P- Reviewers: Aota Y, Lykissas MG S- Editor: Wen LL L- Editor: A E- Editor: Lu YJ
Published online Apr 18, 2014. doi: 10.5312/wjo.v5.i2.124
Revised: January 8, 2014
Accepted: January 15, 2014
Published online: April 18, 2014
Neuromuscular disorders are a group of diseases affecting the neuro-musculo-skeletal system. Children with neuromuscular disorders frequently develop progressive spinal deformities with cardio-respiratory compromise in the most severe cases. The incidence of neuromuscular scoliosis is variable, inversely correlated with ambulatory abilities and with a reported risk ranging from 80% to 100% in non-ambulatory patients. As surgical and peri-operative techniques have improved, more severely affected children with complex neuromuscular deformities and considerable co-morbidities are now believed to be candidates for extensive surgery for spinal deformity. This article aimed to provide a comprehensive review of how neuromuscular spinal deformities can affect normal spine balance and how these deformities can be treated with segmental instrumentation and sub-laminar devices. Older concepts have been integrated with newer scientific data to provide the reader with a basis for better understanding of how treatment of neuromuscular scoliosis has evolved over the past few decades. Recent advances, as well as challenges that remain to be overcome, in the surgical treatment of neuromuscular curves with sub-laminar devices and in the management of post-operative infections are outlined.
Core tip: In patients with neuromuscular disease, the likelihood and severity of the scoliosis increase with the degree of neuromuscular involvement. There is little doubt that segmental instrumentation techniques have revolutionized the care of patients with neuromuscular scoliosis by providing lasting correction and significant relief of pain and by restoring quality of life and sitting position. The state of knowledge regarding neuromuscular scoliosis is a dynamic process, and a current literature review is mandatory. The somewhat large bibliography for this subject reflects the many opinions and findings currently available.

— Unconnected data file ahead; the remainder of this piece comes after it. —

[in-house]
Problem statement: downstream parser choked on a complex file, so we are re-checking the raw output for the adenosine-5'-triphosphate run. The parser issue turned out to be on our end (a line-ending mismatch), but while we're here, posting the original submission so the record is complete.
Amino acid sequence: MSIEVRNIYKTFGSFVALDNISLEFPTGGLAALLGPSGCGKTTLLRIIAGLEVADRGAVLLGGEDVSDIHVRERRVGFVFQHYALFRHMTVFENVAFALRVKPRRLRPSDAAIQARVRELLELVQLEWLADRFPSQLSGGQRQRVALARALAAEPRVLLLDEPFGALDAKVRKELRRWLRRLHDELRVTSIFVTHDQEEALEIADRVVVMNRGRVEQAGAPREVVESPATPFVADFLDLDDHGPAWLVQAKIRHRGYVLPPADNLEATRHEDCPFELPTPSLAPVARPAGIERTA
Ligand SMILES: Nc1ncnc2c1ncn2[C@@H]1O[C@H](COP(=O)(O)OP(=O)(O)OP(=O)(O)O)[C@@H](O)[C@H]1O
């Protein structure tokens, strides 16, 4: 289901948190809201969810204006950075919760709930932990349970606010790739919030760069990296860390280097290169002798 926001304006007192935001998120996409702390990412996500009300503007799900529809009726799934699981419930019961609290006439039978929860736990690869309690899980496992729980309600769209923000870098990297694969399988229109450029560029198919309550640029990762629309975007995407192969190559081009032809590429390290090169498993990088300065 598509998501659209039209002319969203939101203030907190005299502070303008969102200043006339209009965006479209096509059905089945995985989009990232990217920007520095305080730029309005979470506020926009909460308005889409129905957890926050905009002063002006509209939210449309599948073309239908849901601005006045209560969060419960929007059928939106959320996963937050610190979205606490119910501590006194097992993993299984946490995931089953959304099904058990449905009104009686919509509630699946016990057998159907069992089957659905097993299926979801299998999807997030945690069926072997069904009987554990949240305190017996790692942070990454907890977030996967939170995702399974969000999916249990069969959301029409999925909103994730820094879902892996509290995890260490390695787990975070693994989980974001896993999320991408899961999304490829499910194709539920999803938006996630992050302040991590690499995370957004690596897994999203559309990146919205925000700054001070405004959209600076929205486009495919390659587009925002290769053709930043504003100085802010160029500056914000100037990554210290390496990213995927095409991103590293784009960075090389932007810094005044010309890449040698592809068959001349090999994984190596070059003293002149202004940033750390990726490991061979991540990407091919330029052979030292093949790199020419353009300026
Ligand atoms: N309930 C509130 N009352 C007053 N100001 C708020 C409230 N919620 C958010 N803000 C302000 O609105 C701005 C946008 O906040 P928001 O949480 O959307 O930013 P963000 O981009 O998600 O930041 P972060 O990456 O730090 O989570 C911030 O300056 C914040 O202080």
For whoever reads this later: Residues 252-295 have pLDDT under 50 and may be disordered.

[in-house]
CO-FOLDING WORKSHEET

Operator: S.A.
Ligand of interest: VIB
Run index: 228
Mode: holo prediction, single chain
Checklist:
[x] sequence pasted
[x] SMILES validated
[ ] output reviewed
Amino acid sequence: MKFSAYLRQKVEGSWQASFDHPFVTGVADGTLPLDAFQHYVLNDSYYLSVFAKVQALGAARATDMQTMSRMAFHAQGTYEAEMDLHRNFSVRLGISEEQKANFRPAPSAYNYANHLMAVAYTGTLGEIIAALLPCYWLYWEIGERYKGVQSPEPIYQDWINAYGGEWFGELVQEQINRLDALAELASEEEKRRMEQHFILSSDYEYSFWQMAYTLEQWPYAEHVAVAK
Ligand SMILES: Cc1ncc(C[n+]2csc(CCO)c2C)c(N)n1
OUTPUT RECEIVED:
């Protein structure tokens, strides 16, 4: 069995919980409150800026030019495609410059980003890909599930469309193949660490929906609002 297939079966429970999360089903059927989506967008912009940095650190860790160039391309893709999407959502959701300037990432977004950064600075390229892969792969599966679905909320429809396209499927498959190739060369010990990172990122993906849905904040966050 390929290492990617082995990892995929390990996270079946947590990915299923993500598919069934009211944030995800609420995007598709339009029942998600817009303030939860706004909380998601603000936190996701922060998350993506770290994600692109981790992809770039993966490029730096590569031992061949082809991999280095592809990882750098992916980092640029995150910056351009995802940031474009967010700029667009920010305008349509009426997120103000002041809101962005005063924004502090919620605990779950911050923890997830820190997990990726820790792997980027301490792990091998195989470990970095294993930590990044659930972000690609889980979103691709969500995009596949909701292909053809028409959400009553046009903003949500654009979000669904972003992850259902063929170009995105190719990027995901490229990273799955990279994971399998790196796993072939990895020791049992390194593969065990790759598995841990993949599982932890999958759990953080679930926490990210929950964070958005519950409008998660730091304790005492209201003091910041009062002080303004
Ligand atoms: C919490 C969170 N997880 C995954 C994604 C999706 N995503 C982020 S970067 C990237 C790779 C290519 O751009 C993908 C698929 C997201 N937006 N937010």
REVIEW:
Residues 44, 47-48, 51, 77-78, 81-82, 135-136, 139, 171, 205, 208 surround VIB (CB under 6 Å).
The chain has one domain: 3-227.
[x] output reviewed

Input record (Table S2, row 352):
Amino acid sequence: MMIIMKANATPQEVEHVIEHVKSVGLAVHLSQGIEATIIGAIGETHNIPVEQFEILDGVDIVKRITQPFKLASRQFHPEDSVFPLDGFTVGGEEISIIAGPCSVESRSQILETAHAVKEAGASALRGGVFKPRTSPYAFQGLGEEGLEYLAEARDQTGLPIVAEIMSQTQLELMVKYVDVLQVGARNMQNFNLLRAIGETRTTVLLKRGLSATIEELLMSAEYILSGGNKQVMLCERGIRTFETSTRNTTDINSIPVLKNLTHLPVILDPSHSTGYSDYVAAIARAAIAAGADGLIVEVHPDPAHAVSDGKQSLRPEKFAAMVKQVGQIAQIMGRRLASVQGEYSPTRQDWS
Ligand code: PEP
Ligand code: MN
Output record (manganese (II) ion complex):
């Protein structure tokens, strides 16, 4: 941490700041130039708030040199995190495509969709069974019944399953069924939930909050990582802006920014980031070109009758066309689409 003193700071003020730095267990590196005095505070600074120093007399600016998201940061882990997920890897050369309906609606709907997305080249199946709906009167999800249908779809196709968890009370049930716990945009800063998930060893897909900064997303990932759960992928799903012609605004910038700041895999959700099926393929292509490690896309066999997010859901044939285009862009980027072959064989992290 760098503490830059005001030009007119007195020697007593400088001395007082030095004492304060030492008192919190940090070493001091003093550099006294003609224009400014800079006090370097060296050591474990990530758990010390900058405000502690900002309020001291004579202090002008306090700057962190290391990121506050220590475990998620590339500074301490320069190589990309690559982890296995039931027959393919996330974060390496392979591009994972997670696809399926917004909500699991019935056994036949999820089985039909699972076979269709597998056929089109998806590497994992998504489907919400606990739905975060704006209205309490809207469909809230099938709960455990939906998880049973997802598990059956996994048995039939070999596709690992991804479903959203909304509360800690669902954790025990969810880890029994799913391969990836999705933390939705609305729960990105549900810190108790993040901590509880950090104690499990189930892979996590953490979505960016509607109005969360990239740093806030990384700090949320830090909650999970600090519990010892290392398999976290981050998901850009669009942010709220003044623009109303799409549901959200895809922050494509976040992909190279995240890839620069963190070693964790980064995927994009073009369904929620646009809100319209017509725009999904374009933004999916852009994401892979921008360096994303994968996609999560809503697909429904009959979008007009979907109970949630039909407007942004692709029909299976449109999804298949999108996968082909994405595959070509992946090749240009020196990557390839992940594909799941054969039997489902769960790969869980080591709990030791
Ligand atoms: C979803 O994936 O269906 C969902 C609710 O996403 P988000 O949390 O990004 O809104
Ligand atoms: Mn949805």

- Citation: Canavese F, Rousset M, Le Gledic B, Samba A, Dimeglio A. Surgical advances in the treatment of neuromuscular scoliosis. World J Orthop 2014; 5(2): 124-133
- URL: https://www.wjgnet.com/2218-5836/full/v5/i2/124.htm
- DOI: https://dx.doi.org/10.5312/wjo.v5.i2.124
Scoliosis is a three-dimensional deformity of the spine with lateral, antero-posterior and rotational components. In most cases, the disease is idiopathic. Non-idiopathic cases are often secondary to neuromuscular diseases affecting the neuro-musculo-skeletal system.
Children with neuromuscular disorders frequently develop progressive spinal deformities, with cardio-respiratory compromise in the most severe cases. Among patients with neuromuscular disorders, the probability of developing scoliosis is inversely correlated with ambulatory ability, with a reported risk ranging from 80% to 100% in non-ambulatory patients (Table 1). Patients with neuromuscular disorders have many similarities in curve patterns, despite different etiologies of the main disease; therefore similar strategies are implemented for treatment.
|Diagnosis||Incidence of scoliosis|
|Cerebral palsy||25% (GMFCS I and II) to 100% (GMFCS IV and V)|
|Myelodysplasia||60% (lumbar level) to 100% (thoracic level)|
|Spinal muscular atrophy||70%|
|Duchenne muscular dystrophy||90%1|
|Paralysis from spinal cord injury||100%|
Neuromuscular scoliosis is characterized by a long collapsing spine, pelvic obliquity and changes in sagittal plane alignment that can affect sitting balance and cardio-respiratory function. Long C-shaped thoraco-lumbar and lumbar curves are very often diagnosed in patients with underlying neuromuscular pathologies. Associated negative predictors include osteopenia and concomitant congenital malformations, which are responsible for rapid progression (collapsing spine)[1-3].
Patients with neuromuscular disorders tend to develop scoliosis at younger ages than patients with idiopathic scoliosis, and a large proportion of neuromuscular curves are progressive and often non-responsive to orthotic management. Unlike idiopathic scoliosis, neuromuscular spine deformities can progress beyond skeletal maturity, particularly in wheelchair-bound patients[1,3-6].